Try to imagine how hard it must have been for her to have someone who was previously completely open to her, who was now closed off―someone who was enthralled with her was now more concerned about his own regrets and burdens not to mention keeping her in line. I’m sure that, just like women today, she longed for him to see and treat her the way he did before. Unlike any other woman in history, she felt the heartbreaking consequences of her mistake every day when she looked into Adam’s eyes and recognized in his demeanor that he no longer saw her the same. The disconnection she felt from Adam affected her deeply, especially since her purpose for being created was based on Adam’s need for her (1 Corinthians 11:19). One could only imagine that what filled the space of her new found emptiness were heartbreak, shame, and at times even desperation.
Now when you remember that these kinds of negative feelings, both Adam and Eve’s, all come from the demonic influences that they were now exposed to, it’s not hard to imagine a woman who probably just didn’t feel good enough at times. And coupled with the fact that women are receivers, it’s easy for us to internalize negative experiences and conclude that something is wrong with us. As a result, what was passed down to most women along with our hereditary sin nature (Romans 5:12) was that same feeling of shame and regret Eve experienced, which I call the Eve Complex.
"The Eve Complex is a deeply rooted psychological belief in which a woman is burdened with feelings of guilt, inadequacy, and a loss of identity by the enemy in an effort to keep her entangled in and bound by the sins of Eve. "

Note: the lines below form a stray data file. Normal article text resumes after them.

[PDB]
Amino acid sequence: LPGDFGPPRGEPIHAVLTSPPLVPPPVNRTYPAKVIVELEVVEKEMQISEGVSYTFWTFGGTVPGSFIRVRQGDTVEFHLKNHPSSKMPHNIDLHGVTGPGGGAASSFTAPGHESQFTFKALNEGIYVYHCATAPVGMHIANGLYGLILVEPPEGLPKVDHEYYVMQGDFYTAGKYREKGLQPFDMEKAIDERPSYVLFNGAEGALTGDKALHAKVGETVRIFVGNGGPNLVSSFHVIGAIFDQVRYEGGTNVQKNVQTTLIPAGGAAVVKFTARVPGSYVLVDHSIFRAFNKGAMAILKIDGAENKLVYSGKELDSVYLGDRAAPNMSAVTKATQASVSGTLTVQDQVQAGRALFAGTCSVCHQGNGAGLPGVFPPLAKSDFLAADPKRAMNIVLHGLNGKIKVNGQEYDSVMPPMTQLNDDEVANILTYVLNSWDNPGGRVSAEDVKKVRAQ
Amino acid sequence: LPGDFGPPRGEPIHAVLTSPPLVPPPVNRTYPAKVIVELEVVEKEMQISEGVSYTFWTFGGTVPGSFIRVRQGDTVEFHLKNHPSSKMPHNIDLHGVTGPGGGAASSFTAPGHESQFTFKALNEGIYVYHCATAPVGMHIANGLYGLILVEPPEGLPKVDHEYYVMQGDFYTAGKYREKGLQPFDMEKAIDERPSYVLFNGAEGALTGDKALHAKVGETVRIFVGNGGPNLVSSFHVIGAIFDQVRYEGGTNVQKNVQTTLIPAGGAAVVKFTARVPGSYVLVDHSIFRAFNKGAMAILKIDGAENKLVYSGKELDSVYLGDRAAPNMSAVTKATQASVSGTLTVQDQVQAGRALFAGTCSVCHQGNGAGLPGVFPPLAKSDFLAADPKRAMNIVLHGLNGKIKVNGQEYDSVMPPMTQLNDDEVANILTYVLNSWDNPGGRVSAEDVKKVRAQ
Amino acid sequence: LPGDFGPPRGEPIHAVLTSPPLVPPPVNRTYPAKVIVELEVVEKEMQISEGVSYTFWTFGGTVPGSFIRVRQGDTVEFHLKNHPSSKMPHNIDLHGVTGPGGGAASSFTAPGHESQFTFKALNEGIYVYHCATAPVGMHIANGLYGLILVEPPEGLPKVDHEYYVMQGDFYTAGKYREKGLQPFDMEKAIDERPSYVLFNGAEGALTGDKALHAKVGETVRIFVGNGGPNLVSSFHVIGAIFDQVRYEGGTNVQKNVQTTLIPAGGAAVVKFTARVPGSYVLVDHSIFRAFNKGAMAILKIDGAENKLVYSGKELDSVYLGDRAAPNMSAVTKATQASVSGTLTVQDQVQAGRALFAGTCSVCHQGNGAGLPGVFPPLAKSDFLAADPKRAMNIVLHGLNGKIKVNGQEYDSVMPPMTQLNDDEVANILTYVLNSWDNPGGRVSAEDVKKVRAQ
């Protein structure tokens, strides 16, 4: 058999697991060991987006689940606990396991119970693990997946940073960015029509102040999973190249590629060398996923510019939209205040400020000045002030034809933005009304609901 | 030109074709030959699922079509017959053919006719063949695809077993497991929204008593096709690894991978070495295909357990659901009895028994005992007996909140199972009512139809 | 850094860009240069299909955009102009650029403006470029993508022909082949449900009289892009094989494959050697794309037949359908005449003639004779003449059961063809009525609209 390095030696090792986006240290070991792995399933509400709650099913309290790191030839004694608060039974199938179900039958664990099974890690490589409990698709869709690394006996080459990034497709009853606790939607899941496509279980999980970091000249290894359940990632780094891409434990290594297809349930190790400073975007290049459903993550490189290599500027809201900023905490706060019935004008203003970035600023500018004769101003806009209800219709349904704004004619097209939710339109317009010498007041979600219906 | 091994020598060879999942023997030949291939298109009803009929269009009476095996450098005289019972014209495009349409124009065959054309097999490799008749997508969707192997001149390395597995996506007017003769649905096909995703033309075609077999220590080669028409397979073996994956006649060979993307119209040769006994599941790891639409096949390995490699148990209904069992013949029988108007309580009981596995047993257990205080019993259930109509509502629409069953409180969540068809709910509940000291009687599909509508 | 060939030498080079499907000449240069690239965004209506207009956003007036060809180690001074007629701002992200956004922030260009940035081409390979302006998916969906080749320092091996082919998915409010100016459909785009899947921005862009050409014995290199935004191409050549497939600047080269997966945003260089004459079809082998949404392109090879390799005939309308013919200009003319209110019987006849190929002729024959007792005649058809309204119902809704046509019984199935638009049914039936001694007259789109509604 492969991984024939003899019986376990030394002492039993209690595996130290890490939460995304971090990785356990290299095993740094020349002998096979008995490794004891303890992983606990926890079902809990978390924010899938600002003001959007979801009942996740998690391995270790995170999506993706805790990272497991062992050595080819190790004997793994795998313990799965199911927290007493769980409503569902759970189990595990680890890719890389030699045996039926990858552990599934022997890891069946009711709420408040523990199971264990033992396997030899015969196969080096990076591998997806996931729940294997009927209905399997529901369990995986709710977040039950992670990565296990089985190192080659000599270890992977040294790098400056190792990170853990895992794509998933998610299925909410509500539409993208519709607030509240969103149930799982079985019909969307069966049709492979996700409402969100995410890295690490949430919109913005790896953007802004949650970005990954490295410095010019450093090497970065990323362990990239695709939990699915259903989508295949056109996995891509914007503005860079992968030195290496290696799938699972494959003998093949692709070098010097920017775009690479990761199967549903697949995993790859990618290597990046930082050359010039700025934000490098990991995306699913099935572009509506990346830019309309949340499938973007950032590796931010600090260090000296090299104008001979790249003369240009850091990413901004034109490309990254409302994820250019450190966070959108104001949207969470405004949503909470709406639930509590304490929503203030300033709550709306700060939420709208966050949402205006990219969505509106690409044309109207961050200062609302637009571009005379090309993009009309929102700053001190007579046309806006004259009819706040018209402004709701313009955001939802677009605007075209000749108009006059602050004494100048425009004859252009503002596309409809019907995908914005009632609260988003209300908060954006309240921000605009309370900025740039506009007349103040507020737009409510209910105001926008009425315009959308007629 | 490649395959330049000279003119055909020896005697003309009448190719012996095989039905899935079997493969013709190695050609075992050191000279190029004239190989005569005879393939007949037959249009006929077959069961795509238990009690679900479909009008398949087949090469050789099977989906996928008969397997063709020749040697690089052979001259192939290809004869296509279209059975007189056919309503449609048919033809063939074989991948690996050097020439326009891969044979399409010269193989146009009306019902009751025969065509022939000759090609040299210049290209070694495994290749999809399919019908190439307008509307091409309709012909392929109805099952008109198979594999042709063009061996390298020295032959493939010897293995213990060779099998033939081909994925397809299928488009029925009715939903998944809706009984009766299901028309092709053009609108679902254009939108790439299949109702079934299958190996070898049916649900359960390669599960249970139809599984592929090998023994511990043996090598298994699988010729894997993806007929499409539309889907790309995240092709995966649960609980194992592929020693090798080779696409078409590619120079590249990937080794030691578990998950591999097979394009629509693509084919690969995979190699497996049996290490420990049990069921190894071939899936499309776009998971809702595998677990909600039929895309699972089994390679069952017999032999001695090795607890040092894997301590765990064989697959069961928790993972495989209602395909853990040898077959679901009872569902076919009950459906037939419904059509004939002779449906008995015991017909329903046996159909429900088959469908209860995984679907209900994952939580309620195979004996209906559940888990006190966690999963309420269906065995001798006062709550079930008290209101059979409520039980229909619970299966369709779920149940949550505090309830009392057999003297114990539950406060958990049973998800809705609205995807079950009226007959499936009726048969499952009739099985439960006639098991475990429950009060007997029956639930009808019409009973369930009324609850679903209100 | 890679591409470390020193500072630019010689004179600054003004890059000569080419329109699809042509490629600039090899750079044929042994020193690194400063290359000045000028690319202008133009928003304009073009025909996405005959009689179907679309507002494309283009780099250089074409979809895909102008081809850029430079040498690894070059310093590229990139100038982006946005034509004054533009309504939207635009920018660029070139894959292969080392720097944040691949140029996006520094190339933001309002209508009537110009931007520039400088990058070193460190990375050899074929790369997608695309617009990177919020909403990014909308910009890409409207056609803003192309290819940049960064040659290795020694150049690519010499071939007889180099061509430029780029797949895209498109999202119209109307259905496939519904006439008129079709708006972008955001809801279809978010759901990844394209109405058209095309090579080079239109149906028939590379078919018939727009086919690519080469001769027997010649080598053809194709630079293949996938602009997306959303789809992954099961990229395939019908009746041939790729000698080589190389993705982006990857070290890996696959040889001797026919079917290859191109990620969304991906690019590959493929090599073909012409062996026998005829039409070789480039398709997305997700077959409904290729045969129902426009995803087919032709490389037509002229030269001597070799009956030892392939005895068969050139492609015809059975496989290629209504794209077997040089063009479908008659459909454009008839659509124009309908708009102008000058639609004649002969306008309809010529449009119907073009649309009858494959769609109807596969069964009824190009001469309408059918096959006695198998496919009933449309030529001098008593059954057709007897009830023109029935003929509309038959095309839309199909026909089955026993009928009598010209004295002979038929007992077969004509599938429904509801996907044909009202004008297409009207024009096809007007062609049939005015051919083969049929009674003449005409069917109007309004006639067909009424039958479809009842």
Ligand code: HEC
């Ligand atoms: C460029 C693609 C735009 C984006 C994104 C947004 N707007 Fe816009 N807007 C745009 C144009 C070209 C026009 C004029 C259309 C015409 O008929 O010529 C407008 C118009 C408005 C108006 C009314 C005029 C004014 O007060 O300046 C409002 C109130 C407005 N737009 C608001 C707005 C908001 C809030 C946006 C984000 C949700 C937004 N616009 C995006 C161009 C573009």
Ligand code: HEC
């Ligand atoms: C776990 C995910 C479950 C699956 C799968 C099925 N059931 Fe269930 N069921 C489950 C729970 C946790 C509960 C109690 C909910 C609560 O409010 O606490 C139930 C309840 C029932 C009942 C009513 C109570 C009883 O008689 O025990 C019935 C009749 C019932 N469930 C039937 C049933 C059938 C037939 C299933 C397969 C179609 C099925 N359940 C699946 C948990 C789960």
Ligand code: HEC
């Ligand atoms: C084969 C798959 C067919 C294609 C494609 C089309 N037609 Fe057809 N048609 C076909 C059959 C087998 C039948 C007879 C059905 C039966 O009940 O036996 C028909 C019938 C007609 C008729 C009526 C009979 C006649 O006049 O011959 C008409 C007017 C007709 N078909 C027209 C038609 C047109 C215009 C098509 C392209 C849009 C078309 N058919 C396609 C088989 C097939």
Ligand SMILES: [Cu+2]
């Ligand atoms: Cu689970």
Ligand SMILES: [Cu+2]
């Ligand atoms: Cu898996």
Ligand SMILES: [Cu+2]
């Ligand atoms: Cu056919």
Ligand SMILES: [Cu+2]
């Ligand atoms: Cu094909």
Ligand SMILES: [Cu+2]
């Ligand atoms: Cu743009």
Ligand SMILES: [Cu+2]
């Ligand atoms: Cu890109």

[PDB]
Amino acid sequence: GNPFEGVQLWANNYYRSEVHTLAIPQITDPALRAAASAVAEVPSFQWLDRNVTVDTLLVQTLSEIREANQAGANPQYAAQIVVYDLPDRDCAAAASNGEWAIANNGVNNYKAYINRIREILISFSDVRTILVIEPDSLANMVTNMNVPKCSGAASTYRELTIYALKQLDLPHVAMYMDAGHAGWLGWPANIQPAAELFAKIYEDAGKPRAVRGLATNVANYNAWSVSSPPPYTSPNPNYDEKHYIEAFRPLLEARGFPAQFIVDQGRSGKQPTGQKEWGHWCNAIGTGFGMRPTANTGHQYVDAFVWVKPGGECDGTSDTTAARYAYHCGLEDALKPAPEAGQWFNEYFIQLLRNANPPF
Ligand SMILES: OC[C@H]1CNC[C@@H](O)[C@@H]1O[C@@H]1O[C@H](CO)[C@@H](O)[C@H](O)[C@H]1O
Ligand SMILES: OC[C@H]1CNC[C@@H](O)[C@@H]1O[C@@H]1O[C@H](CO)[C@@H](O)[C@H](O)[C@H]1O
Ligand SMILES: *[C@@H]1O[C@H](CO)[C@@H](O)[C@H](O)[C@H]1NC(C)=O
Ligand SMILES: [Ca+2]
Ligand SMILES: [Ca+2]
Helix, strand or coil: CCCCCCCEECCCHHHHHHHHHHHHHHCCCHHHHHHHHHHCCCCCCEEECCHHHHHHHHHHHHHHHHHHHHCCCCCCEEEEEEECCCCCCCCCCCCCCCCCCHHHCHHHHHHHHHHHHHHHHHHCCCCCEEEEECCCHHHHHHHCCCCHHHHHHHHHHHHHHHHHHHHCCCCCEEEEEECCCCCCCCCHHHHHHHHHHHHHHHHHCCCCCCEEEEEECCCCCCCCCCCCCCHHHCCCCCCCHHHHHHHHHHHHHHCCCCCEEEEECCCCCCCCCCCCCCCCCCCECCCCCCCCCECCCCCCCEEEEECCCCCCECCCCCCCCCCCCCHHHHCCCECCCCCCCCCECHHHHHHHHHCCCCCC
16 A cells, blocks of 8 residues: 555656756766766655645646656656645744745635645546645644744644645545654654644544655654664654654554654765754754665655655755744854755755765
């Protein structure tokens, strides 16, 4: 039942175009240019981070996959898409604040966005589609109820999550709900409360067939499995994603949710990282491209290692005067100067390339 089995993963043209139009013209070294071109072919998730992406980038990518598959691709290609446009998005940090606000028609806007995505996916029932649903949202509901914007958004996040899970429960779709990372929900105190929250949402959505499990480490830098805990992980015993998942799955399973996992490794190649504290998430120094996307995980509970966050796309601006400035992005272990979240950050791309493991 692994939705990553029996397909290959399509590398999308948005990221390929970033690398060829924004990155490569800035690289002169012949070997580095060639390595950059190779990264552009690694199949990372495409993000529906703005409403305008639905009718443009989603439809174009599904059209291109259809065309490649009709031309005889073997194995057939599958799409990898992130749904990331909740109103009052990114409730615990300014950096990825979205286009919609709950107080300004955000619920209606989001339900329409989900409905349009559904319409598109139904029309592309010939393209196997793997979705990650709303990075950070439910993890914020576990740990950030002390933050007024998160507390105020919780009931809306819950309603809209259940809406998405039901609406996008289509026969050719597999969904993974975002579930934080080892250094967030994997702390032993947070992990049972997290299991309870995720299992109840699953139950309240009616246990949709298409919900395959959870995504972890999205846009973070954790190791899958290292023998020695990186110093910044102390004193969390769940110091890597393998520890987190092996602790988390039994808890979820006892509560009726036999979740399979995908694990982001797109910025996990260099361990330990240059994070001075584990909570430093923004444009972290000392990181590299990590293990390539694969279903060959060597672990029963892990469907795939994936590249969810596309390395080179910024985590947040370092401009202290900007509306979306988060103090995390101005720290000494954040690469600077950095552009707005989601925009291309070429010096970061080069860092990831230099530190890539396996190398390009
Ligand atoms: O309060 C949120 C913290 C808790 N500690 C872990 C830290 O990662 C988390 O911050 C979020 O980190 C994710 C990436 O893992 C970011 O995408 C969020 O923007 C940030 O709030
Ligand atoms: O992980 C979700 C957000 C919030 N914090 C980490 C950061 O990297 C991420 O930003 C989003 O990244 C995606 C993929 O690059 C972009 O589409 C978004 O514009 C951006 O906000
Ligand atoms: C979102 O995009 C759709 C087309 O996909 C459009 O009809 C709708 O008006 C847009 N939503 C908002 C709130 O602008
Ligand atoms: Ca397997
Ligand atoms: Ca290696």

Why is it that young girls are so susceptible to low self esteem and insecurity? Why is it that so many women feel the need to prove that they are worth keeping in relationships? Why are so many women competitive and jealous of one another? It all stems from the Eve Complex. The Eve Complex is a deeply rooted psychological belief in which a woman is burdened with feelings of guilt, inadequacy, and a loss of identity by the enemy in an effort to keep her entangled in and bound by the sins of Eve. Remember, as long as he can distort how we see ourselves, he can prevent us from reconnecting to our true source and Heavenly Father.
After he was able to alter Eve’s perception of herself, just like he did in the garden, he then presented her with a remedy of how to repair it, which was to earn back Adam’s love and prove, just like Adam, that if given another chance, she could live up to the role and position she had been given. The problem with this is women don't need to prove themselves to anyone―not even God. All we need to do is accept our true identity and that identity is in who God says we are―not fallen men.
This complex usually forms its roots in females when they’re young. It translates specific experiences, disappointments, feelings of emptiness or disconnection, and traumas into proof that the girl experiencing them is somehow at fault and not good enough. And once the girl believes them, she simply does what she was designed to do which is to manifest and reflect it. I think all young girls and women sense that they’re supposed to be loved and adored like Eve once was, but when they don’t see it or receive it, they more easily accept the enemy’s reason as to why. Girls will more easily believe this and adopt such a belief as their identity when there’s no loving father in the home to combat or contradict it.
Stephanie Kekeocha was born and raised in Chicago, IL. She has a bachelor’s degree in Liberal Arts and Sciences from University of Illinois at Chicago (UIC). (read more)